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Confessions of a Screenplay Writer

Christopher Wood – who died in 2015 – was one of the more intriguing and erudite figures to have been associated with the writing of the James Bond film series – in an interview conducted in 2011 and now published for the first time. LUKE G. WILLIAMS put the questions and Wood supplied the answers, in his characteristically witty and inimitable fashion.

Lambeth-born, the Cambridge educated Christopher Wood enjoyed an eclectic life and career, encompassing historical fiction, humorous erotica … and James Bond.

An advertising executive turned writer, Wood’s screenwriting work on the Roger Moore/Lewis Gilbert epics The Spy Who Loved Me (1977) and Moonraker (1979) is, for many Bond fans, secondary to his polished and impressive work on the novelizations of these two films, the accomplished and ‘Fleming-esque’ style of which puts many of the 007 ‘continuation’ novels by more ‘reputed’ authors to shame.

Kingsley Amis, whose excellent COLONEL SUN stands, in this writer’s estimation, just ahead of Wood’s JAMES BOND, THE SPY LOVED ME as the finest continuation novel, reviewed Wood’s work on this book thus in The New Statesman:

Mr. Wood has bravely tackled his formidable task, that of turning a typical late Bond film, which must be basically facetious, into a novel after Ian Fleming, which must be basically serious. To this end he has, by my count, left out nine silly gadgets and sixteen silly cracks which were in the script. He has also left out, to my surprise, a marvellous fight on a train that challenges comparison with the one in ‘From Russia With Love’. The heavy concerned, a seven-and-a-half-footer with steel teeth, name of Jaws, is the best thing in both book and film. Mr. Wood is not always exact: Bond, out skiing, muses that you “can lay for a long time in the bottom of a crevasse” – I doubt if even Bond could manage more than a brief lay in such circumstances. But the descriptions are adequate and the action writing excellent.”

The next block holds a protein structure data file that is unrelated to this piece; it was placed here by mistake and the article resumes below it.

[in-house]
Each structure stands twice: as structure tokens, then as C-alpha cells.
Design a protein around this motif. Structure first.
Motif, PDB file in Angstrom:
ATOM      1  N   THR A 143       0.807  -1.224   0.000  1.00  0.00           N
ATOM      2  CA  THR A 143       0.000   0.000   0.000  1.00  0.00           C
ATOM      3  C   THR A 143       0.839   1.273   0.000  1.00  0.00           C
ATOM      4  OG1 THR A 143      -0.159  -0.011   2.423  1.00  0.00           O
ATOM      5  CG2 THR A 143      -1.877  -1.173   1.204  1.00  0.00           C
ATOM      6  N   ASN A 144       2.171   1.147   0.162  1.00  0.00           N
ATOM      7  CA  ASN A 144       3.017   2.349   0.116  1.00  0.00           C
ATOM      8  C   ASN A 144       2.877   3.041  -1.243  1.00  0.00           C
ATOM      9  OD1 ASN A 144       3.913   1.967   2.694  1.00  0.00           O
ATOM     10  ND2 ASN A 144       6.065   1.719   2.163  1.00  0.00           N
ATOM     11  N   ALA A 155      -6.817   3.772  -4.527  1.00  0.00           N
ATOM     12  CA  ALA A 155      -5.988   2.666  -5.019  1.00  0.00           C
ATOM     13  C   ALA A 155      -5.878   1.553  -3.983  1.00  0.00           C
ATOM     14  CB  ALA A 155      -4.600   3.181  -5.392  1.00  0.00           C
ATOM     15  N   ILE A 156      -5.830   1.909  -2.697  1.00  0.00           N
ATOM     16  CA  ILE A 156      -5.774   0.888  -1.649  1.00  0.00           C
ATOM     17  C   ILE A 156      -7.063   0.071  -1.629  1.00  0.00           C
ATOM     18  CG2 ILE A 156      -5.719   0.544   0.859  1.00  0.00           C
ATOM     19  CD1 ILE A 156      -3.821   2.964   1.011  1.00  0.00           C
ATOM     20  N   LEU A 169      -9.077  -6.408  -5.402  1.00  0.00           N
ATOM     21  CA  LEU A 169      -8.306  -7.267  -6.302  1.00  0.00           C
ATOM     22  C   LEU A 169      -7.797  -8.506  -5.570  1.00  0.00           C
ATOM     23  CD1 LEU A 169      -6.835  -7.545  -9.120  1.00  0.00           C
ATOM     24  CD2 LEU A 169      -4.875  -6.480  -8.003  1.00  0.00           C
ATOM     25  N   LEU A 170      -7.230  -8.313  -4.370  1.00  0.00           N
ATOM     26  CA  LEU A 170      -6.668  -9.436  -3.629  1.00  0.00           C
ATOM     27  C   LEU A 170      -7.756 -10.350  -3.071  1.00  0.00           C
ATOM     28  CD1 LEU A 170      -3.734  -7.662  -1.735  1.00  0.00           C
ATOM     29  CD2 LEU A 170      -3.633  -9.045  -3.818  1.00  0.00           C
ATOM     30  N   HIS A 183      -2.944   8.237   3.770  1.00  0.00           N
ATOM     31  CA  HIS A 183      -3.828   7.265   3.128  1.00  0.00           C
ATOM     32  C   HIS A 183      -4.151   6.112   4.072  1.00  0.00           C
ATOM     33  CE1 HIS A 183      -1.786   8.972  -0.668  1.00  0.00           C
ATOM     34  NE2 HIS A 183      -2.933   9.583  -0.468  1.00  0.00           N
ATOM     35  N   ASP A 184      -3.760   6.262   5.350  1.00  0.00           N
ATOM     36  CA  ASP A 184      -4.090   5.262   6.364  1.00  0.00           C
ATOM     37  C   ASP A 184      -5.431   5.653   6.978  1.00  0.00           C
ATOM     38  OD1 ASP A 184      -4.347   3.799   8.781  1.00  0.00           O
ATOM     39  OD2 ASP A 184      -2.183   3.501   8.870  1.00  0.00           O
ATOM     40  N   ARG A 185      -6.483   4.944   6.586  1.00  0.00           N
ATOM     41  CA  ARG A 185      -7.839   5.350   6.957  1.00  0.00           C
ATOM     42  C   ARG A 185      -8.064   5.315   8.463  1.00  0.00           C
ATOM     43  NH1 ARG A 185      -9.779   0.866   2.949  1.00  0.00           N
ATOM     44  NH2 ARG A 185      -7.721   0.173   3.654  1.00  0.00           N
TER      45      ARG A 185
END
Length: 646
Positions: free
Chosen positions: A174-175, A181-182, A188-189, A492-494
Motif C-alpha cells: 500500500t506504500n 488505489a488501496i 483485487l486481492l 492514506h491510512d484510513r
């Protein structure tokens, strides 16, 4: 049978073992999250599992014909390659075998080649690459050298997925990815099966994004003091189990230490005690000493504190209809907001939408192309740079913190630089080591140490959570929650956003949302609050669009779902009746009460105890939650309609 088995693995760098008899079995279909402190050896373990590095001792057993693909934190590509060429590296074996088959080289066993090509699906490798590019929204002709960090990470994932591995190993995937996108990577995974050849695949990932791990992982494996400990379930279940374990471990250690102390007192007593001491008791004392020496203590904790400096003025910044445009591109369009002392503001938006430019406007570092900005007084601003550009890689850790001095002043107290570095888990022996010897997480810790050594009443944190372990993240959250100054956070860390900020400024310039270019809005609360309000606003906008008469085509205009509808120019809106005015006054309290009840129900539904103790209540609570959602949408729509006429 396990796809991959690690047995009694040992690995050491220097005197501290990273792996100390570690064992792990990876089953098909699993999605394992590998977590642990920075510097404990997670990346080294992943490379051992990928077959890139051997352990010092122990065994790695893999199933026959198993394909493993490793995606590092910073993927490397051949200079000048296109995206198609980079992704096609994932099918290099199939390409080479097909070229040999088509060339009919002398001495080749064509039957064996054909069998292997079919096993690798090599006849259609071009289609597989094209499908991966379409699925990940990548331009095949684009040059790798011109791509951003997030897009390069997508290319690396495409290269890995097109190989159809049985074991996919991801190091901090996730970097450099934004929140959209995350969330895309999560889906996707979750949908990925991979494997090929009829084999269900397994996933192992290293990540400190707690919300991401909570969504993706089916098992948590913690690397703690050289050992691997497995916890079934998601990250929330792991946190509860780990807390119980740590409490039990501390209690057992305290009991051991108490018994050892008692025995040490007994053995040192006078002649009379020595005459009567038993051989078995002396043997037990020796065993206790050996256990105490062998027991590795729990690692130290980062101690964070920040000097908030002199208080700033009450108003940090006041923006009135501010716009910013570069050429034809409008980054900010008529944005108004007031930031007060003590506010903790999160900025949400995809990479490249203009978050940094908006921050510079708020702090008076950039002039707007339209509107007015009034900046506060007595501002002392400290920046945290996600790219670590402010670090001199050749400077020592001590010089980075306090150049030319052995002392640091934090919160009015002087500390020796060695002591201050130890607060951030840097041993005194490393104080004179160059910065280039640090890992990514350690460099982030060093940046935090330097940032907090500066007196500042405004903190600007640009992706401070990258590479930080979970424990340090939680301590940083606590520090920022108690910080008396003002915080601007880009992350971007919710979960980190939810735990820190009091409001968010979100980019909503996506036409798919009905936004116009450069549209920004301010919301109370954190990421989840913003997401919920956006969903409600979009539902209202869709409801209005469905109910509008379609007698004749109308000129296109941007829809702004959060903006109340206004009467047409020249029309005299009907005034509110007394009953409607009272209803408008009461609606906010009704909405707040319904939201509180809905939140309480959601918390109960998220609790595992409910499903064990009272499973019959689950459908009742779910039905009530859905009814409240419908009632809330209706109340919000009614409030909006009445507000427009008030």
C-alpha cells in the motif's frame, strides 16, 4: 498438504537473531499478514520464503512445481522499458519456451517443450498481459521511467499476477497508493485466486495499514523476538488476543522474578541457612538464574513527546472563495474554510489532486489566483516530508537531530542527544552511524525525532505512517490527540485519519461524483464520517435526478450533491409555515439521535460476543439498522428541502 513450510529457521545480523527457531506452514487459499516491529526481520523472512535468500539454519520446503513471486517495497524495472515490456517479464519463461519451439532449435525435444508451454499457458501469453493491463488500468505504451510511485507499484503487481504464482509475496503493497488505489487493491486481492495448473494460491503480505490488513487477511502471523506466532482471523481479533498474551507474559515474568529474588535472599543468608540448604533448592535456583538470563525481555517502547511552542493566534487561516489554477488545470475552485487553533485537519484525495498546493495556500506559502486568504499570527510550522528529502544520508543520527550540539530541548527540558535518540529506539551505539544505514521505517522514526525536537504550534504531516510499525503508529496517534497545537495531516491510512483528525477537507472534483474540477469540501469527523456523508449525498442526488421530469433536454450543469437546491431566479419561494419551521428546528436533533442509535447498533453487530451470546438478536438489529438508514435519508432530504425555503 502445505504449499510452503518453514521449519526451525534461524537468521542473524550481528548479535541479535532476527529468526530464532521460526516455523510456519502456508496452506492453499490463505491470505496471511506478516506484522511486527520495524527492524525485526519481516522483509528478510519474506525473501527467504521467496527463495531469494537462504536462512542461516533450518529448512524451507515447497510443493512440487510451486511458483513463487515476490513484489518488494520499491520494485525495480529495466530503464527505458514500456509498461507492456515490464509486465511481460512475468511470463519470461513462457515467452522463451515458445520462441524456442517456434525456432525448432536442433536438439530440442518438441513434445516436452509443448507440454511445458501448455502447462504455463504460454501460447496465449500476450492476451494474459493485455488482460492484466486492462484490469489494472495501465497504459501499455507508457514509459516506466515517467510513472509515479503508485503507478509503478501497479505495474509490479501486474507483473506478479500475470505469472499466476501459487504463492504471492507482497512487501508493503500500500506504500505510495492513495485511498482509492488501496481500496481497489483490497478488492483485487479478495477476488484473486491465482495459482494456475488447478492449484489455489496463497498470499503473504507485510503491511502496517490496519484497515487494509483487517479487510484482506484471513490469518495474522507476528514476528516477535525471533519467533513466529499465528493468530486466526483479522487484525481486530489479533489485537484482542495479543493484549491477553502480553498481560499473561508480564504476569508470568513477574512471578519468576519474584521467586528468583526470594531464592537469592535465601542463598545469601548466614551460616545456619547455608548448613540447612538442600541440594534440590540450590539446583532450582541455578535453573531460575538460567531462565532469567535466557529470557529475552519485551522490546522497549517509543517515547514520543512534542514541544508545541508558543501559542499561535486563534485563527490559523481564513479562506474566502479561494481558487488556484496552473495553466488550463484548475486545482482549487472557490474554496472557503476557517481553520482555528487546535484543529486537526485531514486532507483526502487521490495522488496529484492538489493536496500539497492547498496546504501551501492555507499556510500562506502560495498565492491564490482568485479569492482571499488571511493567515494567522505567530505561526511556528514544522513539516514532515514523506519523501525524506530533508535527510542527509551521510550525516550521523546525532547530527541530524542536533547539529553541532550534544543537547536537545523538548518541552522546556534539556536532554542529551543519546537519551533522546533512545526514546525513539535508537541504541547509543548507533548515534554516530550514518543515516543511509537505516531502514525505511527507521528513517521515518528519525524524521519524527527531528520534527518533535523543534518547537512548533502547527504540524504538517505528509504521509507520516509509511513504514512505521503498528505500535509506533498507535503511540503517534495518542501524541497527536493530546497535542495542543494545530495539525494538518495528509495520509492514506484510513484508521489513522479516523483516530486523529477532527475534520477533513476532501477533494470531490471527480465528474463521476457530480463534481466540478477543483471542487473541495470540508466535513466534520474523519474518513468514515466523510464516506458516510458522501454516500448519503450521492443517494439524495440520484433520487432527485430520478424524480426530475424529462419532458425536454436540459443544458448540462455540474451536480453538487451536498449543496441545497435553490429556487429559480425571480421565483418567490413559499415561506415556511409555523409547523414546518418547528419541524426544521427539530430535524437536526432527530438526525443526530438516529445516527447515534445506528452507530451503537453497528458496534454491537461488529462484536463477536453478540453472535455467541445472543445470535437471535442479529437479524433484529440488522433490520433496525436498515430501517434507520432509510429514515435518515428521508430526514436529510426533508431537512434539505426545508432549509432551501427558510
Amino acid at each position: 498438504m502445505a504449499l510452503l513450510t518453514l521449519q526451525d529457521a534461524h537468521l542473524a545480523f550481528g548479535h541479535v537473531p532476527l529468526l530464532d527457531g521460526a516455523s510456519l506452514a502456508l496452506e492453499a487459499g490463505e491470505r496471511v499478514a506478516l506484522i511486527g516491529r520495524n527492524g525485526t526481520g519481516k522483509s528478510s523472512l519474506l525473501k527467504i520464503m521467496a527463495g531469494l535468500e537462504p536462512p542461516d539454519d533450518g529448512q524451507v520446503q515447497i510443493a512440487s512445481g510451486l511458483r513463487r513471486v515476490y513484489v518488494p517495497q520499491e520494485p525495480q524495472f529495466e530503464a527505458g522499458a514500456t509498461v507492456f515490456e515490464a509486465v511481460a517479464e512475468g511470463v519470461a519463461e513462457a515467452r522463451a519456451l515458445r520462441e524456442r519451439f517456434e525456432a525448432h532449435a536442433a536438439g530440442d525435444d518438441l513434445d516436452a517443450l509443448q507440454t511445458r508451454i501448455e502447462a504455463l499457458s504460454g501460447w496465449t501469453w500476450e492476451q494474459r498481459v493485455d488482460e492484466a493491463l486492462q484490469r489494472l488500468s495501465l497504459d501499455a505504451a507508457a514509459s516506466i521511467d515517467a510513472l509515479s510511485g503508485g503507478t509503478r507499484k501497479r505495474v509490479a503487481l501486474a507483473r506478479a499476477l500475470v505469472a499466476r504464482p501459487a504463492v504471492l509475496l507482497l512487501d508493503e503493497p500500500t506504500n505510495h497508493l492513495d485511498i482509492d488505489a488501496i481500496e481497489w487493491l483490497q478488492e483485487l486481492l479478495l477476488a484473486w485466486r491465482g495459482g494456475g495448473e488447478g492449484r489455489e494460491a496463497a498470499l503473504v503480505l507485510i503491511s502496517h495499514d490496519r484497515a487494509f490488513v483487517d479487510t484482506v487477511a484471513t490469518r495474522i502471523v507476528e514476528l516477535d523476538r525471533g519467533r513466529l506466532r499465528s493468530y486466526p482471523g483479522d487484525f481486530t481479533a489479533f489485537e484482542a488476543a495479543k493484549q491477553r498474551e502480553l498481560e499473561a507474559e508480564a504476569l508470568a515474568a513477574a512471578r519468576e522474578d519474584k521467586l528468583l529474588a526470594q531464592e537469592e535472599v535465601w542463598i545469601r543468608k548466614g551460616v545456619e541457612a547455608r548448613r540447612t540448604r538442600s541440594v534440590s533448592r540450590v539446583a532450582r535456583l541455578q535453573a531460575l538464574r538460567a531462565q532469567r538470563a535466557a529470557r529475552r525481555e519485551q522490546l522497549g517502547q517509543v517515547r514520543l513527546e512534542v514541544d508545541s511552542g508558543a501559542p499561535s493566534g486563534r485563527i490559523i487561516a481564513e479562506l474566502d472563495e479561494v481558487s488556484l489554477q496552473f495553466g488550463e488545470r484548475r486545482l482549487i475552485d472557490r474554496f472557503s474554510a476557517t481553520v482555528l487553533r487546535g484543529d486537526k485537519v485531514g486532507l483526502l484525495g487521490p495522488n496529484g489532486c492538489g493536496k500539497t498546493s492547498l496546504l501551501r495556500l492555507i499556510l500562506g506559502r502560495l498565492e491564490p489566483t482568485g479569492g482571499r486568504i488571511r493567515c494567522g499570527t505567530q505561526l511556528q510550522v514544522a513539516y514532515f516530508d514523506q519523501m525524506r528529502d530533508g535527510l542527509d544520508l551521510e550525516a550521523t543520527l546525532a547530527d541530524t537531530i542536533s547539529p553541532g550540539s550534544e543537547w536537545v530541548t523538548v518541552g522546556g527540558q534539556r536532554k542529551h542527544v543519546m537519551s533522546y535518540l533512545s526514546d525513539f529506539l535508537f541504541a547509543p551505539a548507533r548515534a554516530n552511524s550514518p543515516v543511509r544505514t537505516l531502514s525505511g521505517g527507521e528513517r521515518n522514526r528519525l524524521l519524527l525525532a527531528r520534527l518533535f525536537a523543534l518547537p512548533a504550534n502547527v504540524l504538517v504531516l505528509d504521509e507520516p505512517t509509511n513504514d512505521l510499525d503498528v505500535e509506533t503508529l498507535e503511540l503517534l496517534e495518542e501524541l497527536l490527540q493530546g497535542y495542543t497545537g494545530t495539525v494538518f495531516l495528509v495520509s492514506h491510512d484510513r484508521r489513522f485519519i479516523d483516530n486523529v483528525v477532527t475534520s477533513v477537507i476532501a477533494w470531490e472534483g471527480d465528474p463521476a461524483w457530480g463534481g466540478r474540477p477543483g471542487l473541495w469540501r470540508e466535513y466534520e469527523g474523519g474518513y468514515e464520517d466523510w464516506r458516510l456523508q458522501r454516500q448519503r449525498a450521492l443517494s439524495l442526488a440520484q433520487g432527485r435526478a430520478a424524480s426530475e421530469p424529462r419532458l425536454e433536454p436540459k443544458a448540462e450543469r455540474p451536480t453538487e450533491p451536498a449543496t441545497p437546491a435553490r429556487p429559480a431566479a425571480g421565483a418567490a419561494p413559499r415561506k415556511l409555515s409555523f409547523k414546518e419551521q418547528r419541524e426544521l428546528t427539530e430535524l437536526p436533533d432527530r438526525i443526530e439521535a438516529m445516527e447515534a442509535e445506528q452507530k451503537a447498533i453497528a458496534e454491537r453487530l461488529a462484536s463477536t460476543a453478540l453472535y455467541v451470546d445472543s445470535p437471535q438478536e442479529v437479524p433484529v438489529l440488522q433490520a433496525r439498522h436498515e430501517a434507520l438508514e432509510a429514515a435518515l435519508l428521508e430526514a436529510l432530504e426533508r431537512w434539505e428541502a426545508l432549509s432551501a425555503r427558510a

Kingsley Amis | JAMES BOND, THE SPY WHO LOVED ME first edition dust jacket artwork by Bill Botten

ABOVE: (left) Kingsley Amis (1922-1995) author of COLONEL SUN (1968) reviewed Christopher Wood's JAMES BOND, THE SPY LOVED ME very positively in The New Statesman in 1977. (right) Wraparound dust jacket artwork by British illustrator, designer and artist Bill Botten (born 1935) for the hardcover first edition of JAMES BOND, THE SPY WHO LOVED ME (1977) published by Jonathan Cape.

From a harsh critic such as Amis the above comes close to a rave review. Indeed, when he came to review John Gardner’s LICENCE RENEWED a few years later, Amis was in particularly vituperative form.

Aside from his work on the Bond films, Wood is probably best remembered for his work on the hugely successful ‘Confessions’ series of humorous erotic novels and films, under the pseudonym Timothy Lea.

Due to his high-profile association with James Bond and the ‘Confessions’ series Wood’s literary output has often been overlooked, but it certainly deserves a reappraisal, particularly his rollicking 2004 effort California, Here I Am, set in Hollywood, and his second novel, 1970’s ‘Terrible Hard’, Says Alice, which was inspired by Wood’s time doing national service in Cyprus.

Wood’s account of his time on the Bond series, James Bond. The Spy I Loved (2006) is also an extremely entertaining read, chock-full of witty one-liners e.g. “The telephone rang and, grateful for the exercise, I reached out and answered it.”

Confessions of a Window Cleaner/Seven Nights in Japane